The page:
Going down

Tokyo finds a solution for space shortage: dig the down under

Published: Wednesday 30 September 1998

MANY projects in Tokyo may soon go underground. Acute shortage of space and traffic congestion are prompting developers and the Japanese government to look for viable solutions. Experts say that the only way out is to invest in underground projects. And recently, a government panel released a report which has supported the use of the "deep underground".

Land prices in Tokyo sky-rocketed in the 1980s. At that time, the developers began searching the underground for new business opportunities. A number of projects were proposed, but the government could not take a decision on the use of the underground. It was only in 1995 that a panel was set up to investigate the legislation that would be required for the use of the underground.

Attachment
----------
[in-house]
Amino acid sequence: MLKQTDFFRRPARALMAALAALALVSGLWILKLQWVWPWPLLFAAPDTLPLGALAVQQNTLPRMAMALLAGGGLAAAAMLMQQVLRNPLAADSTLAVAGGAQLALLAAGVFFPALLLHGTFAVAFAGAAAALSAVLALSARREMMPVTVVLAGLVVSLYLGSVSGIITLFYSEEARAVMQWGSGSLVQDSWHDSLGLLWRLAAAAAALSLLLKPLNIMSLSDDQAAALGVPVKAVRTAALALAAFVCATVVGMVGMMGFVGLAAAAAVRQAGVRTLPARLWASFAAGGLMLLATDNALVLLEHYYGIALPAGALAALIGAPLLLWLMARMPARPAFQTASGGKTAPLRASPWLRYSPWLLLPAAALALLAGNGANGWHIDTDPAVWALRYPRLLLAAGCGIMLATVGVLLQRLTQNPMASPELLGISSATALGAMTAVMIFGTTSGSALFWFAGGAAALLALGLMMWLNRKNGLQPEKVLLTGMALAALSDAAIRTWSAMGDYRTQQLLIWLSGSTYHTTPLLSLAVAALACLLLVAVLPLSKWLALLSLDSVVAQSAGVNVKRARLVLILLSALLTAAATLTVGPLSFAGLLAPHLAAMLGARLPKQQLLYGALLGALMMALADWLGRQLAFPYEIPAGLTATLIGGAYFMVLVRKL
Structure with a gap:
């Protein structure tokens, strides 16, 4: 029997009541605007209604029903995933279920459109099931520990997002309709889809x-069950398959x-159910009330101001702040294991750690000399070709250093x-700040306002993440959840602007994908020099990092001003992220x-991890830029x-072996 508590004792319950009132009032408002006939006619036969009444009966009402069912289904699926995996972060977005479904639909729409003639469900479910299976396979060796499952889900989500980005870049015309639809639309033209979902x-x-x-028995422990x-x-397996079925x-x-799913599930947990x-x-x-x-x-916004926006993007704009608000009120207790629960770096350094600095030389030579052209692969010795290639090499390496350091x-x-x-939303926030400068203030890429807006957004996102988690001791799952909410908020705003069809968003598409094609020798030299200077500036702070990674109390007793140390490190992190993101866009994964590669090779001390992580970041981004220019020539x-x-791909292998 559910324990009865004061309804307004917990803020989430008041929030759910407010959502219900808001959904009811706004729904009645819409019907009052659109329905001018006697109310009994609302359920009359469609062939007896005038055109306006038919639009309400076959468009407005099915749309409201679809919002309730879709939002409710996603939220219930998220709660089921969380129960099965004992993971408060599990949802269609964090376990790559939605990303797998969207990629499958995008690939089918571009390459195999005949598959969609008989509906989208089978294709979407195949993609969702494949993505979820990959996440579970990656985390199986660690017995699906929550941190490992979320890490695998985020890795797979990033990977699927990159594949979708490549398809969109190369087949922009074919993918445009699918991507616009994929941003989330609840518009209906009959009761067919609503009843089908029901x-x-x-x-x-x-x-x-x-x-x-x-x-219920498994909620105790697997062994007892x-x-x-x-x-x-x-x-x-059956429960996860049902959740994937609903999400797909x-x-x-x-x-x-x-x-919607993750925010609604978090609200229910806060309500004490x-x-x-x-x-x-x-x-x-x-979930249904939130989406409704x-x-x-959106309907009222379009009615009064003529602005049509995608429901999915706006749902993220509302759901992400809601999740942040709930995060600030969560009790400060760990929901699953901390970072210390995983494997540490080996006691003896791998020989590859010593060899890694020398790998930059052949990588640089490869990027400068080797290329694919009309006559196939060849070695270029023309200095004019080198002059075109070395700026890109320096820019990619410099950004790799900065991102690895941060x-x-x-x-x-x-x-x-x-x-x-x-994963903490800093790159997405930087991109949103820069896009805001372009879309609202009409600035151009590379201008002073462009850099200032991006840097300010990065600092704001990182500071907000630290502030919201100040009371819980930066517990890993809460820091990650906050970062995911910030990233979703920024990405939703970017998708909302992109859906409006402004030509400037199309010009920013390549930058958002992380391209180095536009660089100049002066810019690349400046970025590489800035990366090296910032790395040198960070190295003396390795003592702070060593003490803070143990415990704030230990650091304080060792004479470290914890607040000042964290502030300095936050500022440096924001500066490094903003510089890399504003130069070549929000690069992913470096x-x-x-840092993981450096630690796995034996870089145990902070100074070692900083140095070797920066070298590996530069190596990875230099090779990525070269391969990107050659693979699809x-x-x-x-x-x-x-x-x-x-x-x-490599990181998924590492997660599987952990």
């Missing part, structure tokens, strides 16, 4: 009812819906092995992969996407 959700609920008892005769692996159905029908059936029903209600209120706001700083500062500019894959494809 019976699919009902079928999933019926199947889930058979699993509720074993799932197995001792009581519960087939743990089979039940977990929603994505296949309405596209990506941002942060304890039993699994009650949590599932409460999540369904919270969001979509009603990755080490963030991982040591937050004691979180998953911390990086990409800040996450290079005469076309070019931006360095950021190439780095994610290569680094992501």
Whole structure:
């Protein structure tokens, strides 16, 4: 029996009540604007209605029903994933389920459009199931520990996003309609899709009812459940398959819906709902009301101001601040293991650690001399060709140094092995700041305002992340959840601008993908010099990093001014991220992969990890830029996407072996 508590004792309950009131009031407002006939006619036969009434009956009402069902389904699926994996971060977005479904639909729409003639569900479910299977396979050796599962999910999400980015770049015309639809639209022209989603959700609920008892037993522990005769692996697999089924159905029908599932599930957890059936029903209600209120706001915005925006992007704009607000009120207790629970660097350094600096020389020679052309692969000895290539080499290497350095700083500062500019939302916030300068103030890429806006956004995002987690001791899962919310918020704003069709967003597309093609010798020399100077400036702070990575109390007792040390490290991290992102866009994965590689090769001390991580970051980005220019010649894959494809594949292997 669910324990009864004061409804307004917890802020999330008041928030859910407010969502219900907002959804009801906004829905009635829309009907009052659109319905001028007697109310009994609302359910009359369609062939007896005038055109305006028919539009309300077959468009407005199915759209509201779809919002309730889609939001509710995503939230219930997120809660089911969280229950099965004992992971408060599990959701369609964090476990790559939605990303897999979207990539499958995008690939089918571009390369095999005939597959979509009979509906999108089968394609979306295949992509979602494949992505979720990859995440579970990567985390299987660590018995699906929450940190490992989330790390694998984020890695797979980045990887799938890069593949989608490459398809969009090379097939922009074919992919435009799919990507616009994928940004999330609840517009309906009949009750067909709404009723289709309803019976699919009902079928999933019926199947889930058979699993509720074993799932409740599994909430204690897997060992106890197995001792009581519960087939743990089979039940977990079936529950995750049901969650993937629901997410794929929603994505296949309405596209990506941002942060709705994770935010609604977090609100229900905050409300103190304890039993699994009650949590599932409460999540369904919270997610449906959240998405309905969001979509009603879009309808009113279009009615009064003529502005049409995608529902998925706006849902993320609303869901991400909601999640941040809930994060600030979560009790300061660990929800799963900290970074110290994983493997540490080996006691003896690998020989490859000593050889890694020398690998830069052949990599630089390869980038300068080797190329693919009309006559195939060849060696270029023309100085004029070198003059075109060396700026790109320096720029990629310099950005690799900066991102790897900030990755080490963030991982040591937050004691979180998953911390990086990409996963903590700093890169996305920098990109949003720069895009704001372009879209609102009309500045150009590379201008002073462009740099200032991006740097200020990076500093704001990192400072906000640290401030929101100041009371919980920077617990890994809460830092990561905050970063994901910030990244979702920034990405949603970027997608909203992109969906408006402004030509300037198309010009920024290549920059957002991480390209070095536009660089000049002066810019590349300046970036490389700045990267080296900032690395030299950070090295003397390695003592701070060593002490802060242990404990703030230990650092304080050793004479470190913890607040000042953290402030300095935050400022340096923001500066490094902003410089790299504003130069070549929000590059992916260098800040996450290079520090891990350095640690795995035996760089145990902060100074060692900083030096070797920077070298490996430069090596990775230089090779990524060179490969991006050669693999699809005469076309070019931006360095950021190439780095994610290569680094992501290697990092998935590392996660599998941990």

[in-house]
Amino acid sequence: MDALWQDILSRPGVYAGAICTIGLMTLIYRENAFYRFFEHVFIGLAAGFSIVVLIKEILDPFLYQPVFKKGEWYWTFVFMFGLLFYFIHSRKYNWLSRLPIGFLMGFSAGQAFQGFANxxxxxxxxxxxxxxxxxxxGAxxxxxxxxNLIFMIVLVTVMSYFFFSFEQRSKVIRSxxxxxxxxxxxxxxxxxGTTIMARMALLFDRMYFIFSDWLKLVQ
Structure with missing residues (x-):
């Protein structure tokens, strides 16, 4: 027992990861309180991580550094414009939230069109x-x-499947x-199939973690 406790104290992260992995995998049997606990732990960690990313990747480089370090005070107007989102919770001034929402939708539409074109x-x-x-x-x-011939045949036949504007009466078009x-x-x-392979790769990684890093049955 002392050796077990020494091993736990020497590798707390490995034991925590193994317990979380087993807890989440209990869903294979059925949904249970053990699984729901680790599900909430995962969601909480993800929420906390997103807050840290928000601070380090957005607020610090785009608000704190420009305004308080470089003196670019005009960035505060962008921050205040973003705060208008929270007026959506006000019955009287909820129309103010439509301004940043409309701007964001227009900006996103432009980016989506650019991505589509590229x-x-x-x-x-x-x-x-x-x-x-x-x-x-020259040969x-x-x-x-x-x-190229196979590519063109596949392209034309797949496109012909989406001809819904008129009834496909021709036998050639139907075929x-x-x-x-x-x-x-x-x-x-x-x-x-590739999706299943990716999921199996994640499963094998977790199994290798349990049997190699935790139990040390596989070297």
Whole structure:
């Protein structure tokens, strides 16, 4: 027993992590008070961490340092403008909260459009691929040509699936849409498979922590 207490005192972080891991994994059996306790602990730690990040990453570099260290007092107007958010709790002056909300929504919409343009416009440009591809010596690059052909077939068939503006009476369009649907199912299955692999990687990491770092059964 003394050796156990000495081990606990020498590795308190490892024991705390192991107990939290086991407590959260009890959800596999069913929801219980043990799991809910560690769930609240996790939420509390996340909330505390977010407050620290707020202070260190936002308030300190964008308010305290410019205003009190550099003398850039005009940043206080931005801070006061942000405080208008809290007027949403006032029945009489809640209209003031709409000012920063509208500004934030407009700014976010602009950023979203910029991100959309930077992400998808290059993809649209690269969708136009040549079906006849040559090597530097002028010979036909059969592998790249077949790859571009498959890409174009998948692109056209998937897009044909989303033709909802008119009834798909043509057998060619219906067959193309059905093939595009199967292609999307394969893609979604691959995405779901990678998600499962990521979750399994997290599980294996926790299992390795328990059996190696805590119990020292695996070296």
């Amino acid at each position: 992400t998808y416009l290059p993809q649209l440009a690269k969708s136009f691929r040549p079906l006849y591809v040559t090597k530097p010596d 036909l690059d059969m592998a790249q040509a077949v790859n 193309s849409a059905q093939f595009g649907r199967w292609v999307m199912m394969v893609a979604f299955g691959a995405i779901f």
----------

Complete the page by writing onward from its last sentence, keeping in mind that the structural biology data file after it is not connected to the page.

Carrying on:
The term deep underground, says the report, is space generally deeper than 40 metre below the surface, where there is no hindrance to the foundations of large urban buildings and other underground structures. The use of space must be limited to structures of public interest, such as trains, roads, power, gas and communications, said the report.

Experts believe that the use of the deep underground can keep the cost of the projects minimal. Also, the city could be made to look a lot more beautiful with railways and power lines all underground.

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